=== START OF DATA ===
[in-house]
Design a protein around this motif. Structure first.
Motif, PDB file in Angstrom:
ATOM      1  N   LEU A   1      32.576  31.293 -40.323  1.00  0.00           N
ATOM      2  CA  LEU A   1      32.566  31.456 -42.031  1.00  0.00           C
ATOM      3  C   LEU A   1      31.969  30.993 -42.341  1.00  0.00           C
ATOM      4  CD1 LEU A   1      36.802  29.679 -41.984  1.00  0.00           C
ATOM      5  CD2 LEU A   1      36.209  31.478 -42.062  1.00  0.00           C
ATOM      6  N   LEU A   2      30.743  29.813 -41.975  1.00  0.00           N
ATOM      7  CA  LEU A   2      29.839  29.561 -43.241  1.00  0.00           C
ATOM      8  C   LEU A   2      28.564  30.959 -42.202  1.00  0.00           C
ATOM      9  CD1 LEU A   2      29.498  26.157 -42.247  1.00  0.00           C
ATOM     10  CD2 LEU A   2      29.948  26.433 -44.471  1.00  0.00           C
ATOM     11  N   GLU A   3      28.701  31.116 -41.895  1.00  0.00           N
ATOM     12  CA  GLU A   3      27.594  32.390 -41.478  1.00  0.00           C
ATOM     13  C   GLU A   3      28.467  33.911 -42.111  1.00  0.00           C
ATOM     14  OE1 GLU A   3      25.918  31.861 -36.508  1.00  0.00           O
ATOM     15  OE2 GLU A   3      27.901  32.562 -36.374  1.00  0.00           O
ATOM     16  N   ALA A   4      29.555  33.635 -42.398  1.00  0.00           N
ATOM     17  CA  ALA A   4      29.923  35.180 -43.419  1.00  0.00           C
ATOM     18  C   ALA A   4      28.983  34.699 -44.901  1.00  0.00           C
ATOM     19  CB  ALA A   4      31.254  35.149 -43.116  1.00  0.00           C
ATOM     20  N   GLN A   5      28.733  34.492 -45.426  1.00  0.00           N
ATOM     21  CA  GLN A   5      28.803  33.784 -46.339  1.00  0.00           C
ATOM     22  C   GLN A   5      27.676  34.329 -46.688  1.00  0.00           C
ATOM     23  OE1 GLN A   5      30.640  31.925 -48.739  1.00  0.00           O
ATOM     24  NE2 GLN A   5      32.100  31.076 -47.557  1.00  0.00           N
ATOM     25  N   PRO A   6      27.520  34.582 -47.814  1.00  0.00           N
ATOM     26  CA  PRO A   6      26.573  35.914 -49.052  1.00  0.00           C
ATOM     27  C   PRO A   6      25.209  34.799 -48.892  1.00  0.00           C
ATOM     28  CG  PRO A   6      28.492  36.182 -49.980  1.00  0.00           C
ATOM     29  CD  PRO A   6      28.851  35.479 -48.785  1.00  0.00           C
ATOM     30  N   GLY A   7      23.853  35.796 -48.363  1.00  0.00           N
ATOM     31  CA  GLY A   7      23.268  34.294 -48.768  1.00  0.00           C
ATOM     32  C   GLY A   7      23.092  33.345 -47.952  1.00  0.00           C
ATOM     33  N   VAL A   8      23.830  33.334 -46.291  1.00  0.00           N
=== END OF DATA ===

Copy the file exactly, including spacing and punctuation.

[in-house]
Design a protein around this motif. Structure first.
Motif, PDB file in Angstrom:
ATOM      1  N   LEU A   1      32.576  31.293 -40.323  1.00  0.00           N
ATOM      2  CA  LEU A   1      32.566  31.456 -42.031  1.00  0.00           C
ATOM      3  C   LEU A   1      31.969  30.993 -42.341  1.00  0.00           C
ATOM      4  CD1 LEU A   1      36.802  29.679 -41.984  1.00  0.00           C
ATOM      5  CD2 LEU A   1      36.209  31.478 -42.062  1.00  0.00           C
ATOM      6  N   LEU A   2      30.743  29.813 -41.975  1.00  0.00           N
ATOM      7  CA  LEU A   2      29.839  29.561 -43.241  1.00  0.00           C
ATOM      8  C   LEU A   2      28.564  30.959 -42.202  1.00  0.00           C
ATOM      9  CD1 LEU A   2      29.498  26.157 -42.247  1.00  0.00           C
ATOM     10  CD2 LEU A   2      29.948  26.433 -44.471  1.00  0.00           C
ATOM     11  N   GLU A   3      28.701  31.116 -41.895  1.00  0.00           N
ATOM     12  CA  GLU A   3      27.594  32.390 -41.478  1.00  0.00           C
ATOM     13  C   GLU A   3      28.467  33.911 -42.111  1.00  0.00           C
ATOM     14  OE1 GLU A   3      25.918  31.861 -36.508  1.00  0.00           O
ATOM     15  OE2 GLU A   3      27.901  32.562 -36.374  1.00  0.00           O
ATOM     16  N   ALA A   4      29.555  33.635 -42.398  1.00  0.00           N
ATOM     17  CA  ALA A   4      29.923  35.180 -43.419  1.00  0.00           C
ATOM     18  C   ALA A   4      28.983  34.699 -44.901  1.00  0.00           C
ATOM     19  CB  ALA A   4      31.254  35.149 -43.116  1.00  0.00           C
ATOM     20  N   GLN A   5      28.733  34.492 -45.426  1.00  0.00           N
ATOM     21  CA  GLN A   5      28.803  33.784 -46.339  1.00  0.00           C
ATOM     22  C   GLN A   5      27.676  34.329 -46.688  1.00  0.00           C
ATOM     23  OE1 GLN A   5      30.640  31.925 -48.739  1.00  0.00           O
ATOM     24  NE2 GLN A   5      32.100  31.076 -47.557  1.00  0.00           N
ATOM     25  N   PRO A   6      27.520  34.582 -47.814  1.00  0.00           N
ATOM     26  CA  PRO A   6      26.573  35.914 -49.052  1.00  0.00           C
ATOM     27  C   PRO A   6      25.209  34.799 -48.892  1.00  0.00           C
ATOM     28  CG  PRO A   6      28.492  36.182 -49.980  1.00  0.00           C
ATOM     29  CD  PRO A   6      28.851  35.479 -48.785  1.00  0.00           C
ATOM     30  N   GLY A   7      23.853  35.796 -48.363  1.00  0.00           N
ATOM     31  CA  GLY A   7      23.268  34.294 -48.768  1.00  0.00           C
ATOM     32  C   GLY A   7      23.092  33.345 -47.952  1.00  0.00           C
ATOM     33  N   VAL A   8      23.830  33.334 -46.291  1.00  0.00           N